I fall into the agile camp. The hype on MDA (model-driven architecture) smacks to me of the many failed pipe dreams such as 4GLs that were supposed to save the world. And, while it can be valuable to do a prudent amount of up-front design, expending a lot of effort in doing so is wasteful, since it's virtually impossible to come up with a perfect design up front.
    Designing a software application is not building a house, or even designing a house. It's a ludicrous comparison, yet it's one that surfaces constantly. "We should be able to completely specify a software application using UML, just like we can completely specify a building using a blueprint." Constructing a house or office building is a known quantity--we've put together billions of domiciles over thousands of years. The implications of architectural decisions on construction are well known. The implications of software design decisions on construction are not as well known, and there are vastly more interaction points in software where things can go wrong.
    No, building software is more like engineering something brand new. In true engineering, you take small, incremental probes when you build something for the first time. You make a hypothesis based on what you already know, something that you will test against. You build to that hypothesis, then run your test. Based on what you learn, you alter the hypothesis, or keep it and add an additional one. It's the scientific method. (It also sounds a lot like test-driven development.)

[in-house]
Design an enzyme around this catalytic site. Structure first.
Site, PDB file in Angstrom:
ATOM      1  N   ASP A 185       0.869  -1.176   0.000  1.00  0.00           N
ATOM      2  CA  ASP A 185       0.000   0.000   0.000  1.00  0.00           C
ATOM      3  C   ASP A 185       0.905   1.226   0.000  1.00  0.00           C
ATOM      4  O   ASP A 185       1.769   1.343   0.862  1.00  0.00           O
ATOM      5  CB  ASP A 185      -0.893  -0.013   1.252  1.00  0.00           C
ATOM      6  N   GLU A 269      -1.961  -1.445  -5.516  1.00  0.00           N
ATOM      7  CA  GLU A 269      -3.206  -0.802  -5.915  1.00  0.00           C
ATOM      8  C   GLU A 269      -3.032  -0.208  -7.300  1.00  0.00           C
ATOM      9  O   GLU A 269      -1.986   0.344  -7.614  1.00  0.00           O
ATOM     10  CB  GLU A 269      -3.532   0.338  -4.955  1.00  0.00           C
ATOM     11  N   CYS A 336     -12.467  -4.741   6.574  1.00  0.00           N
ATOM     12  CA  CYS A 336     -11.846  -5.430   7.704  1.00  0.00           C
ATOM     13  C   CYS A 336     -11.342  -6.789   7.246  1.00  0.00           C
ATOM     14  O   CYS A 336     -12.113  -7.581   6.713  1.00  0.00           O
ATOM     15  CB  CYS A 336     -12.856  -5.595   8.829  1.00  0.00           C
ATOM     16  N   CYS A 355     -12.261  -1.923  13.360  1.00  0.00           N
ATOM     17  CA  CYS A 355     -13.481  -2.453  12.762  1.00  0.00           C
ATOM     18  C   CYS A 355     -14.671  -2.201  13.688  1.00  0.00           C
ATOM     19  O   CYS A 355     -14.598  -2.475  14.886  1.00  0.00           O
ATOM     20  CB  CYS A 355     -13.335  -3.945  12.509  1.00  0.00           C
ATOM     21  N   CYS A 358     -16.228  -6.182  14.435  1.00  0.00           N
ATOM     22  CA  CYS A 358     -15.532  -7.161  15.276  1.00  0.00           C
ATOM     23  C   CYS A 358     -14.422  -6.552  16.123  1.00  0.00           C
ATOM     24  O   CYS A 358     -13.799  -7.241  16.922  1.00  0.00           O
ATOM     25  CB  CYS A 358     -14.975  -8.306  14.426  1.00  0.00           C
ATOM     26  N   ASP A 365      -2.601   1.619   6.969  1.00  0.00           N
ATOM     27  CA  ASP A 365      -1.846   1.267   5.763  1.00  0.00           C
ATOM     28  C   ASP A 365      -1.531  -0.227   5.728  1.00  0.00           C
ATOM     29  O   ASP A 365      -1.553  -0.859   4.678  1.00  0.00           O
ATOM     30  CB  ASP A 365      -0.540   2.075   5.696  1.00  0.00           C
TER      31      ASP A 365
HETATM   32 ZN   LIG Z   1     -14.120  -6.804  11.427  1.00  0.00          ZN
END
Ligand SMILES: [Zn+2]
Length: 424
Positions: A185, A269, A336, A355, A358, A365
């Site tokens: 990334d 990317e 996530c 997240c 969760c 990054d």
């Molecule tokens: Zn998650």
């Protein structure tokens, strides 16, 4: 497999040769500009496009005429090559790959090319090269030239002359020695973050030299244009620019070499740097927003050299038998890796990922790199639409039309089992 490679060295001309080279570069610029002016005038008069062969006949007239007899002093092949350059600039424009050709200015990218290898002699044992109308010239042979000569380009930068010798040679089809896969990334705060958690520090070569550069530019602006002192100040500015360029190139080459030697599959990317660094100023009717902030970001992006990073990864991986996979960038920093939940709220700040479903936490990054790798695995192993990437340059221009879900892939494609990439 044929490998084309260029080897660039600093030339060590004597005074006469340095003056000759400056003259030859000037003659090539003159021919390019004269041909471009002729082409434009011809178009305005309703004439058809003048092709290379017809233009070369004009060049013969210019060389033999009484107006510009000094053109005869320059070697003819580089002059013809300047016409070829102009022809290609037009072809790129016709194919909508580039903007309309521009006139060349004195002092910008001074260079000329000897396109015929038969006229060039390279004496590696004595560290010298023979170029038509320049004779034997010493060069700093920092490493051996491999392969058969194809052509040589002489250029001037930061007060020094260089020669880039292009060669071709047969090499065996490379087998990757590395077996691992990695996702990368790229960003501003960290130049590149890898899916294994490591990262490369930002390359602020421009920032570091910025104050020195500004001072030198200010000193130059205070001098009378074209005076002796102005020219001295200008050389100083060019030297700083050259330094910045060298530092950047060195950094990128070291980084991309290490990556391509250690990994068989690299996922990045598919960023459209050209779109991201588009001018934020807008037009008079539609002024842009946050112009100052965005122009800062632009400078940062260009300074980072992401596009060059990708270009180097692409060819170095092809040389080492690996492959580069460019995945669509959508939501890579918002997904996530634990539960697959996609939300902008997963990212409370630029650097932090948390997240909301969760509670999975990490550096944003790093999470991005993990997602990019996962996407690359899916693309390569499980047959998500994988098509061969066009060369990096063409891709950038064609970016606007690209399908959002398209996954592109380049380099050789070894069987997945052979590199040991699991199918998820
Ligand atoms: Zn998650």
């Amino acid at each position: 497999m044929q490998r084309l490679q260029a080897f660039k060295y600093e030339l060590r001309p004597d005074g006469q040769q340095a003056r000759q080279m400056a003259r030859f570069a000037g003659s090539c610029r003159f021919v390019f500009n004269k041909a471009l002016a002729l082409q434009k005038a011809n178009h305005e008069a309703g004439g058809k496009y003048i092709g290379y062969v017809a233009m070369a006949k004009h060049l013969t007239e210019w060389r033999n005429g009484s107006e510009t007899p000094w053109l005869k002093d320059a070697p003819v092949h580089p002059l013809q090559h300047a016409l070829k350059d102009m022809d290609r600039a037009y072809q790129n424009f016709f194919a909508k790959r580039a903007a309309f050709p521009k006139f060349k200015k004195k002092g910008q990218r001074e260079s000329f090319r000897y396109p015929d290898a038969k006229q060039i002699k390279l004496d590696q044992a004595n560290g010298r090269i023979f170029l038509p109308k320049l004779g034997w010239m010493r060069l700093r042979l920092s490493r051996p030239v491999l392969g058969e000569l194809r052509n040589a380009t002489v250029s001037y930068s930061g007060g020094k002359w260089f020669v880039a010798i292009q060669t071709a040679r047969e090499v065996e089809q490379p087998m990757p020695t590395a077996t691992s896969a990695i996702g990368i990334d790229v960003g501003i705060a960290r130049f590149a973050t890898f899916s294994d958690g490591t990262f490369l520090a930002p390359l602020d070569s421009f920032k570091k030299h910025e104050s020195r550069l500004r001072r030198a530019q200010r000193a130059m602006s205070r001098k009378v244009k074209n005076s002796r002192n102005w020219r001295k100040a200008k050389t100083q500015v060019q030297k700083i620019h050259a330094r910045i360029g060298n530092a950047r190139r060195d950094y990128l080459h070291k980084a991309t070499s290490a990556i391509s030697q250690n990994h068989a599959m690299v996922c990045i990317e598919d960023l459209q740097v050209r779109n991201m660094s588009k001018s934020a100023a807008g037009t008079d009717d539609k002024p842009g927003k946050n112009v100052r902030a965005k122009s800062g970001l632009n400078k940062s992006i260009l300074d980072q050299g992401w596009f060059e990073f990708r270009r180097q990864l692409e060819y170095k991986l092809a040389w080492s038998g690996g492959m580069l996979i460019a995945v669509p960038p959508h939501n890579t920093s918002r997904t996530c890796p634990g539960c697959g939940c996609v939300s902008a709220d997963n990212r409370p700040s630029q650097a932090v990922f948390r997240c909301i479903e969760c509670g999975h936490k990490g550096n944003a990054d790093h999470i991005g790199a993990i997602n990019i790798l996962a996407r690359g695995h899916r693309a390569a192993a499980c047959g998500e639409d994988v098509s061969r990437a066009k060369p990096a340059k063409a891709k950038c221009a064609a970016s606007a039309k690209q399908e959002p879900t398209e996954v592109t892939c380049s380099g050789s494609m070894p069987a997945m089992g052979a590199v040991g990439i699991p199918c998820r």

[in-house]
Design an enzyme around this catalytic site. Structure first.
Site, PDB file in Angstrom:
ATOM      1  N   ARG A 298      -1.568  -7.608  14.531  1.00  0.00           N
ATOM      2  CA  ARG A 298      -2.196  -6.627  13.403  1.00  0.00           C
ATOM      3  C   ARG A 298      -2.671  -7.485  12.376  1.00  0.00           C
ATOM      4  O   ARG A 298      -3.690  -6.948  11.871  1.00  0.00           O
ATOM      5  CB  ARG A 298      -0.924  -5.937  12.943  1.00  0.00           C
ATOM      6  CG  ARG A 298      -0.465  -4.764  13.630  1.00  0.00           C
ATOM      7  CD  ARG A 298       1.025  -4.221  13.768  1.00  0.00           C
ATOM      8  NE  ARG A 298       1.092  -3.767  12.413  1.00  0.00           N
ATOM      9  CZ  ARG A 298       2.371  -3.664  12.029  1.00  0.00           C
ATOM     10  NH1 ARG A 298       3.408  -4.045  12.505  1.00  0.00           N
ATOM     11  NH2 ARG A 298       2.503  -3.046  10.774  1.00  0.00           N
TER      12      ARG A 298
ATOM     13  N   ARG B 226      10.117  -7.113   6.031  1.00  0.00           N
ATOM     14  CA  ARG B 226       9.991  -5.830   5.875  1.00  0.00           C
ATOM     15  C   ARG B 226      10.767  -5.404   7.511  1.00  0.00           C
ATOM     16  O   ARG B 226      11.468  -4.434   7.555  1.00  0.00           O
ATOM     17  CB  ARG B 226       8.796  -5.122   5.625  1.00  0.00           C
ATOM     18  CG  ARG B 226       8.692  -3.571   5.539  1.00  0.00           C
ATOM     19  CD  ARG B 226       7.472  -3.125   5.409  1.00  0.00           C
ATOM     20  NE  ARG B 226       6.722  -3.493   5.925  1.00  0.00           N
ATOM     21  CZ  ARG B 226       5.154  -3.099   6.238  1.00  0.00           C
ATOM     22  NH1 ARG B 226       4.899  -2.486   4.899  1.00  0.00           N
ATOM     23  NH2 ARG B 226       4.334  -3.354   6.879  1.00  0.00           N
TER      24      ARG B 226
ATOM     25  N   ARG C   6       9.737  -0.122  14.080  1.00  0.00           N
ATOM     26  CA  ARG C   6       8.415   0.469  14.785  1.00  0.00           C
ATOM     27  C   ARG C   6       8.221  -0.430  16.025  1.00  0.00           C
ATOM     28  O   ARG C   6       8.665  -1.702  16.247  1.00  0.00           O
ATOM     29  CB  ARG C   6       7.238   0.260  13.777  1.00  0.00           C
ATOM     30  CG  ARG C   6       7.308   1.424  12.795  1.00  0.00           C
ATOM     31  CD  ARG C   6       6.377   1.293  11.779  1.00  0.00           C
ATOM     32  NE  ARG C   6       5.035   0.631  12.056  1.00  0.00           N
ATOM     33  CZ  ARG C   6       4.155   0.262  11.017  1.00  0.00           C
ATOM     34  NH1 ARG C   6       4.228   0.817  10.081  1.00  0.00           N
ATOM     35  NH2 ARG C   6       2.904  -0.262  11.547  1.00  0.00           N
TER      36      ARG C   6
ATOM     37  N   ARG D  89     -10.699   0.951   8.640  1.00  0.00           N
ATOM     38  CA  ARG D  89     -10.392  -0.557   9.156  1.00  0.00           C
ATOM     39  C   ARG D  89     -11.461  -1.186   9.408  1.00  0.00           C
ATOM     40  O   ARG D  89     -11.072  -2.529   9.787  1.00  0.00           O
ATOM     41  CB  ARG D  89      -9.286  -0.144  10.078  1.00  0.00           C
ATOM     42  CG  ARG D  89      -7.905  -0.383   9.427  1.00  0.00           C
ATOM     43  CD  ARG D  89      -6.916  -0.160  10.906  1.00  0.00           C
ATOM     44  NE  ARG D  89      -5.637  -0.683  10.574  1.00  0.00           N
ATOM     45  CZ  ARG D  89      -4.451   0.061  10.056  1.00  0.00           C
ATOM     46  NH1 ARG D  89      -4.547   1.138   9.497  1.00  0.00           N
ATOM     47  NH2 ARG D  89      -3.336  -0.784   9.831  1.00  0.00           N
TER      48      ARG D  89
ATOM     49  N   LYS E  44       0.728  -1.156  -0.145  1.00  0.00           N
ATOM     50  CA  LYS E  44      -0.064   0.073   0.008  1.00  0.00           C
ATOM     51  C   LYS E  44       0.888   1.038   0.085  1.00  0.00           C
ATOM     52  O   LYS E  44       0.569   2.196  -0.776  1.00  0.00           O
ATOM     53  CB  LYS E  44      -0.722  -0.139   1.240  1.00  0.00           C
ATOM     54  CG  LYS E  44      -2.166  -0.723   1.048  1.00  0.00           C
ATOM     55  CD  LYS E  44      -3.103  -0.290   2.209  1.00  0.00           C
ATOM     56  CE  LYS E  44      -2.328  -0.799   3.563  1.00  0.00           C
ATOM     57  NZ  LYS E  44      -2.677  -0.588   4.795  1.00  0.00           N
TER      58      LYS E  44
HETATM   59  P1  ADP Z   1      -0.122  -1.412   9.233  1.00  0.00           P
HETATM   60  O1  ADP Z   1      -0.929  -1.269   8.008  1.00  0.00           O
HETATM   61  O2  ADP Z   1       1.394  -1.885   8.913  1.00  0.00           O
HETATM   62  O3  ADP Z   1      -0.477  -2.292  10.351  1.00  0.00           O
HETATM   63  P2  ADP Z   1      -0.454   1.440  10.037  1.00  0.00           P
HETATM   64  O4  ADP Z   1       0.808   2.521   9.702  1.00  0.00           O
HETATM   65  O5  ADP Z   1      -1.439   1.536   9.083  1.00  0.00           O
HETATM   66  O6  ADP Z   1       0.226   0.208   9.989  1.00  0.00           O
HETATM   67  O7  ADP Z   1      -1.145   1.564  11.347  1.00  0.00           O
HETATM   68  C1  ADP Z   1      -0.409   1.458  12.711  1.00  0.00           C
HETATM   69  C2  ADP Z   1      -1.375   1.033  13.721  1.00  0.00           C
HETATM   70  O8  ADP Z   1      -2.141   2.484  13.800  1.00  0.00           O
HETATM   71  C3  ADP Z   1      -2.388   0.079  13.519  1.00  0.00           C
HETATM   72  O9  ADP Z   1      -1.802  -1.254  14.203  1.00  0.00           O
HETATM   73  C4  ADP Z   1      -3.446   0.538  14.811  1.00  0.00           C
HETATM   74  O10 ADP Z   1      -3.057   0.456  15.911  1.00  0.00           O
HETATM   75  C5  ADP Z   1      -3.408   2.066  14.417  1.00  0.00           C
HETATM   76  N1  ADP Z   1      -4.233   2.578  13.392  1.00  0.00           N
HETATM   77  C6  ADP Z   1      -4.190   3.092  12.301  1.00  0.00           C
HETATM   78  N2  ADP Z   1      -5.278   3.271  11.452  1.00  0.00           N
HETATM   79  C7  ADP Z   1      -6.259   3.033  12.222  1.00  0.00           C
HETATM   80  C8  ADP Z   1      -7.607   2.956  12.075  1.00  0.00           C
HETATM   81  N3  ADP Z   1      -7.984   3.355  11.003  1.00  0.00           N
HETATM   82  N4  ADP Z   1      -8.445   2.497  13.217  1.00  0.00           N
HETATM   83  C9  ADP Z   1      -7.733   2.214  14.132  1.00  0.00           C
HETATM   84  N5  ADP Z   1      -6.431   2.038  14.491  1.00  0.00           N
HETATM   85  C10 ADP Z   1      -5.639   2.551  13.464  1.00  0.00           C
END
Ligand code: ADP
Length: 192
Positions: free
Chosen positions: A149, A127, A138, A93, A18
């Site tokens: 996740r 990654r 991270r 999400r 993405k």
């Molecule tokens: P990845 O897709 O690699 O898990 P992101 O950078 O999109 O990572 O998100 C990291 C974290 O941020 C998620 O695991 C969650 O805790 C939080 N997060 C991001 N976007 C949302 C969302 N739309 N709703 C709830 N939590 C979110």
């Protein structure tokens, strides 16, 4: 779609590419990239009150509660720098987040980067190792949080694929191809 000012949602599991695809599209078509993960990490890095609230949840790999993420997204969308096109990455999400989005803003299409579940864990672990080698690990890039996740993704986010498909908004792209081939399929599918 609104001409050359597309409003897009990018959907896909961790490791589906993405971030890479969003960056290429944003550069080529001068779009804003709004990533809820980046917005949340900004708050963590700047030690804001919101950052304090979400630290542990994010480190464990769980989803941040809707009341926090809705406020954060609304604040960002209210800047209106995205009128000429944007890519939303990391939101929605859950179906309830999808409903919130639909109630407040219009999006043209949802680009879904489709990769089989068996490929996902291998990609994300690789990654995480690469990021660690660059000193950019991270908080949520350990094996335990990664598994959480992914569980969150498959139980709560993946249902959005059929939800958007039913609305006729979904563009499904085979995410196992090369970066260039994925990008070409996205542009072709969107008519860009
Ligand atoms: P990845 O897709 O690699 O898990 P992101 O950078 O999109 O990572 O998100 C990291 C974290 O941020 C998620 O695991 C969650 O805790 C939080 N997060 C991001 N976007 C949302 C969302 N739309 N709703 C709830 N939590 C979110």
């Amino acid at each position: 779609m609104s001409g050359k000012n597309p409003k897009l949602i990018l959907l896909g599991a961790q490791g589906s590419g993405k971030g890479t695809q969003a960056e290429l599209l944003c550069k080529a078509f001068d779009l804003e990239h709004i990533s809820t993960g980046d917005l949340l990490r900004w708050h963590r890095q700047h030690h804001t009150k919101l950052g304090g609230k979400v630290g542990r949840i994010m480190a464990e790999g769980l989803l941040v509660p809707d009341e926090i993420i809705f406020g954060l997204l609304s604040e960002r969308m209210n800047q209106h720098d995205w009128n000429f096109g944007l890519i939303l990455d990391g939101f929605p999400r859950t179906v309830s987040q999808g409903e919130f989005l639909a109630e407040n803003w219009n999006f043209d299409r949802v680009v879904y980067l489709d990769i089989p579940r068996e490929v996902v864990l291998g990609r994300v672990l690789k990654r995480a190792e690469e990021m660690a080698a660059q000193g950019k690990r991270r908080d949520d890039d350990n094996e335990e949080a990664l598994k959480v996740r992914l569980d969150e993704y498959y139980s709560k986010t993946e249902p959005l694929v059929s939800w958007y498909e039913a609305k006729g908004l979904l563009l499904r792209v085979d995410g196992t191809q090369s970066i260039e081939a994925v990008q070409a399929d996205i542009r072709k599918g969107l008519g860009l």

An upfront design is a roadmap. It's never a bad idea to spend some time figuring what direction you want to head in. But the road travelled is never the same. There are roadblocks, detours, weather conditions, traffic jams, and so on. You could come up with a very detailed plan to get from NYC to LA, and try to insist on it, but I'll guarantee that 99 times out of 100, you have to learn to adapt and go where the road takes you.
    If you want to invest effort in design, learn what good designs are all about. Learn how what you do in code impacts the design and vice versa. Designs don't exist in a vacuum--they must conform to what the construction needs end up being. The more you learn about design, the better your upfront notions of design will be. (Hint: if you think that knowing a few design patterns gives you a good design, you have a lot of learning to do.) You won't need to provide a finely detailed UML diagram, which will change anyway--sketches will suffice.
    Having a lot of great-looking UML diagrams and a poorly constructed system is a far worse legacy than the opposite. Having great UML diagrams doesn't say anything about the quality of construction, while having great construction almost always implies you have a good design. In a well-constructed system, it's *very* easy to trace the design. In a well-designed system, anyone on the development team can quickly show you where to find things and how things flow through the system. Most of the proponents of heavy UML and MDA I've worked with know squat about construction. They propose overblown or insufficient designs that realize poorly in code.
    Tools such as Together allow you to take quick snapshots of your system, providing considerable levels of detail. Obtaining snapshots like this can be useful, although they tend to hide the trees in the forest. It's just as easy to spend a few minutes every week to update a sketch of the relevant design features. If you feel compelled to retain these UML diagrams, a photocopier is often more than sufficient.
    Having said all that, I still use tools such as ArgoUML to produce diagrams that look nice and that I can send electronically. But I spend little more effort on the tool than I would on a whiteboard sketch.